California has a compelling new sparkling winery, with bubbles that evoke a crisp coastal breeze


California winemakers love to talk about the influence of the Pacific Ocean on their wines. The cool breeze, the salty air, the mineral seashells – it’s an evocative scene that, when paired with wine, evokes something refreshing, alluring, as aromatic as a stand of live coastal oaks on the Pacific Coast Highway.

Most of the time, however, this is just marketing copy. Relatively few Californian wines actually evoke the tastes and smells of the sea, and many that claim to be grown in a “coastal” region actually come from vineyards a few tens of miles inland.

It was therefore a delicious oceanic surprise to discover the wines of Haliotide, a new label in San Luis Obispo County. Haliotide, which means “abalone” in French, produces small quantities of Champagne method sparkling wines from vineyards located between 1 and 3 miles from the coast. They show it: the Blanc de Blanc of Haliotide smells of oyster shell, the rosé smells of strawberries sprinkled with sea salt. In addition, the wines have an exhilarating freshness, with bubbles as invigorating as a shock of cold ocean wind.

It’s a unique and delicious expression of California terroir, and unlike most other sparkling projects recently launched in the state. The champagne method is arguably one of the most difficult ways to make sparkling wine, and while many designers are experimenting with non-traditional varietals like chenin blanc, Haliotode is doing something classic, more directly inspired by champagne. They stick to the proven Champagne grape varieties, pinot noir and chardonnay. They look for the complex flavors, honey and marzipan and cookie and hazelnut, which come from a long and patient draw.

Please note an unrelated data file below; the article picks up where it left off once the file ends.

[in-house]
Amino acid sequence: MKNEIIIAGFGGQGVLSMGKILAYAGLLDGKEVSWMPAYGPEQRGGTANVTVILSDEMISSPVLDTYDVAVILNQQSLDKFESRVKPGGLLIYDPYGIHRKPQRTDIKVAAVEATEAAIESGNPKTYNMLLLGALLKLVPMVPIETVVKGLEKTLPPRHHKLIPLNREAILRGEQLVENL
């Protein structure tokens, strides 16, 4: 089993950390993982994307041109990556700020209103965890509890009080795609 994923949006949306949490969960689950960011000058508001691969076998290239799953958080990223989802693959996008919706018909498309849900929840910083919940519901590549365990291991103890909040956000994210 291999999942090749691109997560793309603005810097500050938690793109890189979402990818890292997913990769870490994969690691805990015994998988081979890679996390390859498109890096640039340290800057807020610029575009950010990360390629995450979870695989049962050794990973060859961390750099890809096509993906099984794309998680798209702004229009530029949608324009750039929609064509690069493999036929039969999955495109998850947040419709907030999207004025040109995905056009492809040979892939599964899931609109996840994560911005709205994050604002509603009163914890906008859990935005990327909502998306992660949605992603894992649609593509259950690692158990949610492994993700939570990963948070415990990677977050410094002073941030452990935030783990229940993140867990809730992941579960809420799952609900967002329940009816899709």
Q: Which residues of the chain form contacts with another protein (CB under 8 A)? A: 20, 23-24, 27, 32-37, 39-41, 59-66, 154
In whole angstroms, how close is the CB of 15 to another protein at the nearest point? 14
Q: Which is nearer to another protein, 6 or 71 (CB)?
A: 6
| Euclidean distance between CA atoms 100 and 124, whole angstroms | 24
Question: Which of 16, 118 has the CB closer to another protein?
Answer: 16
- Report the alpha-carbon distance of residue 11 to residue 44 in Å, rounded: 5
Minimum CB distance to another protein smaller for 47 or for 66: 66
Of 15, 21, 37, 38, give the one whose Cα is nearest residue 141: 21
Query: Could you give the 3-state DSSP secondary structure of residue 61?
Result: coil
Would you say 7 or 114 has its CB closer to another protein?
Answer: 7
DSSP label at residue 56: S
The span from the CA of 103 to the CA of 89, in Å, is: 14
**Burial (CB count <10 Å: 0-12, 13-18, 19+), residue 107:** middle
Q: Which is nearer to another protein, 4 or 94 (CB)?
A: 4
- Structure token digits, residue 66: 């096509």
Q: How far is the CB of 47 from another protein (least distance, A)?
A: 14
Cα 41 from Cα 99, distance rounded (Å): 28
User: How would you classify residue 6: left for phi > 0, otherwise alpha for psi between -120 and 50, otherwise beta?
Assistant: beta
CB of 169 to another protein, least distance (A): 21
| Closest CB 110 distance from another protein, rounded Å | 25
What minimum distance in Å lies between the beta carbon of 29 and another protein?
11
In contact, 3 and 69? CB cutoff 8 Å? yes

And while there isn’t a lot of abalone at the moment – the winery has only released 250 cases this year, and you have to subscribe to a mailing list to get them – these sparklers are worth worth looking for.

Haliotide translates to “ormeau” in French.

Courtesy of Nicole Joy Kirckpatrick

The brand comes from winemakers Nicole Bertotti Pope and Lucas Pope, who make Haliotide wines pretty much entirely by hand, without the high-tech equipment that is common in large sparkling wine facilities.

The couple began this journey five years ago, initially assuming that producing sparkling wine would only be a hobby, in addition to their day jobs at Stolo Vineyards in San Luis Obispo County, a winery. popular with wine tourists from the central coast. Champagne method wines like these can take many years from when the grapes are harvested to when the wine is sold.

“It wasn’t like I was doing it for the purpose of making sparkling wine my full-time job, because it’s hard to imagine,” said Bertotti Pope, who was Stolo’s winemaker from 2011 to the fall 2021. “It takes a few years to even know if the wine you have made is good.

Sparkling wine begins like any wine: grape juice ferments, its sugar turns into alcohol. But the processes diverge quickly. In the Champagne method, a winemaker puts this “base” wine in individual bottles and throws in a little yeast to start a second fermentation, which produces the bubbles. Then the winemaker waits. At this point, the longer the wine sits – a step known as “tirage” – the more potentially complex it will become, as the yeast in the bottle interacts with the wine to create savory flavors that are often compared to roasted nuts and with hot brioche. .

The large established Champagne houses can afford to let the bottles stand for extended runs if they wish. For a seed operation like Haliotide with more immediate financial realities, this becomes a tricky calculation. But the 40 months during which the Popes kept their initial wine, the Blanc de Blancs 2016 – which tells you that the wine is entirely Chardonnay – were enough. It’s a rewarding wine, with a fruity touch of bitter grapefruit that peeks out those rich bread dough and nutty flavors.